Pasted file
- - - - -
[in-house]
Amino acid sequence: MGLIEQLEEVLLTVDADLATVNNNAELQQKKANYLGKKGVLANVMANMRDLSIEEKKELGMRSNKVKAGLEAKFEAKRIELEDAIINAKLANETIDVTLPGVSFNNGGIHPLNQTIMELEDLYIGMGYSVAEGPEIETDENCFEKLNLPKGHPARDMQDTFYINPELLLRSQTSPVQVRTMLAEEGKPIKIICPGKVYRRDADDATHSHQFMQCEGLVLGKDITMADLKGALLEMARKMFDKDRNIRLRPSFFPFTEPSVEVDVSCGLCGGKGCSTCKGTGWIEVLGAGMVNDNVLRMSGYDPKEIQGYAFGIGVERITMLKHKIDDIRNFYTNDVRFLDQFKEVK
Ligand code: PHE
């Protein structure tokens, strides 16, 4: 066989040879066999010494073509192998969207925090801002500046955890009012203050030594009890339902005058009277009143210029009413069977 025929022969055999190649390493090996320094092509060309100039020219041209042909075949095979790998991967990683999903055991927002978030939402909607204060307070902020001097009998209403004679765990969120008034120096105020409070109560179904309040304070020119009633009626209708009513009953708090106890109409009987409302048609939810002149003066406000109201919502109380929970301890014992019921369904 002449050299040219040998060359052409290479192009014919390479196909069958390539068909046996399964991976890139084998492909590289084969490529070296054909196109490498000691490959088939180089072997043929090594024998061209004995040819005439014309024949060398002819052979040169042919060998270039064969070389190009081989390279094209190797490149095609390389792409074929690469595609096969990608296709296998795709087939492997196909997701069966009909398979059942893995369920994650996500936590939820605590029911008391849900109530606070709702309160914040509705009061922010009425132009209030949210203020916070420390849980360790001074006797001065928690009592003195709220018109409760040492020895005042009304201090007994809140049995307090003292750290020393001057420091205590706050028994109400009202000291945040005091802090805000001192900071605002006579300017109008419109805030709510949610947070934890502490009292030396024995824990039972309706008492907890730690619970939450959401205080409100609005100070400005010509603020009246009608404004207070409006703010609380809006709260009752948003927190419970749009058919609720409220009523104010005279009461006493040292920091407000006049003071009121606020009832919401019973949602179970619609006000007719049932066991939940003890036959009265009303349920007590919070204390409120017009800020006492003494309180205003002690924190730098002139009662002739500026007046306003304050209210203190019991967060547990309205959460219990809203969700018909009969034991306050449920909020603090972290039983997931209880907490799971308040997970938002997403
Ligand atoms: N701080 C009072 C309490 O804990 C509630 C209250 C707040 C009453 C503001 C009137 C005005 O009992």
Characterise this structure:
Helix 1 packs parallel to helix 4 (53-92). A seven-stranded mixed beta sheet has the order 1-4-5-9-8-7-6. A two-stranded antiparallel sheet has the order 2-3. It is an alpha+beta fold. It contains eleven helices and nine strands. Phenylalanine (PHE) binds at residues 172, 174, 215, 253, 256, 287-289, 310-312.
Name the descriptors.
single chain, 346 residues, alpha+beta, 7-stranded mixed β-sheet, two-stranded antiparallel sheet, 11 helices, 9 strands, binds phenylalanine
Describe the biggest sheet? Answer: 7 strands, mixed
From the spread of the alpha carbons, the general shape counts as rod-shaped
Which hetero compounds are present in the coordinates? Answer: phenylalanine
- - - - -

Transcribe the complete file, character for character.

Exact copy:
[in-house]
Amino acid sequence: MGLIEQLEEVLLTVDADLATVNNNAELQQKKANYLGKKGVLANVMANMRDLSIEEKKELGMRSNKVKAGLEAKFEAKRIELEDAIINAKLANETIDVTLPGVSFNNGGIHPLNQTIMELEDLYIGMGYSVAEGPEIETDENCFEKLNLPKGHPARDMQDTFYINPELLLRSQTSPVQVRTMLAEEGKPIKIICPGKVYRRDADDATHSHQFMQCEGLVLGKDITMADLKGALLEMARKMFDKDRNIRLRPSFFPFTEPSVEVDVSCGLCGGKGCSTCKGTGWIEVLGAGMVNDNVLRMSGYDPKEIQGYAFGIGVERITMLKHKIDDIRNFYTNDVRFLDQFKEVK
Ligand code: PHE
């Protein structure tokens, strides 16, 4: 066989040879066999010494073509192998969207925090801002500046955890009012203050030594009890339902005058009277009143210029009413069977 025929022969055999190649390493090996320094092509060309100039020219041209042909075949095979790998991967990683999903055991927002978030939402909607204060307070902020001097009998209403004679765990969120008034120096105020409070109560179904309040304070020119009633009626209708009513009953708090106890109409009987409302048609939810002149003066406000109201919502109380929970301890014992019921369904 002449050299040219040998060359052409290479192009014919390479196909069958390539068909046996399964991976890139084998492909590289084969490529070296054909196109490498000691490959088939180089072997043929090594024998061209004995040819005439014309024949060398002819052979040169042919060998270039064969070389190009081989390279094209190797490149095609390389792409074929690469595609096969990608296709296998795709087939492997196909997701069966009909398979059942893995369920994650996500936590939820605590029911008391849900109530606070709702309160914040509705009061922010009425132009209030949210203020916070420390849980360790001074006797001065928690009592003195709220018109409760040492020895005042009304201090007994809140049995307090003292750290020393001057420091205590706050028994109400009202000291945040005091802090805000001192900071605002006579300017109008419109805030709510949610947070934890502490009292030396024995824990039972309706008492907890730690619970939450959401205080409100609005100070400005010509603020009246009608404004207070409006703010609380809006709260009752948003927190419970749009058919609720409220009523104010005279009461006493040292920091407000006049003071009121606020009832919401019973949602179970619609006000007719049932066991939940003890036959009265009303349920007590919070204390409120017009800020006492003494309180205003002690924190730098002139009662002739500026007046306003304050209210203190019991967060547990309205959460219990809203969700018909009969034991306050449920909020603090972290039983997931209880907490799971308040997970938002997403
Ligand atoms: N701080 C009072 C309490 O804990 C509630 C209250 C707040 C009453 C503001 C009137 C005005 O009992």
Characterise this structure:
Helix 1 packs parallel to helix 4 (53-92). A seven-stranded mixed beta sheet has the order 1-4-5-9-8-7-6. A two-stranded antiparallel sheet has the order 2-3. It is an alpha+beta fold. It contains eleven helices and nine strands. Phenylalanine (PHE) binds at residues 172, 174, 215, 253, 256, 287-289, 310-312.
Name the descriptors.
single chain, 346 residues, alpha+beta, 7-stranded mixed β-sheet, two-stranded antiparallel sheet, 11 helices, 9 strands, binds phenylalanine
Describe the biggest sheet? Answer: 7 strands, mixed
From the spread of the alpha carbons, the general shape counts as rod-shaped
Which hetero compounds are present in the coordinates? Answer: phenylalanine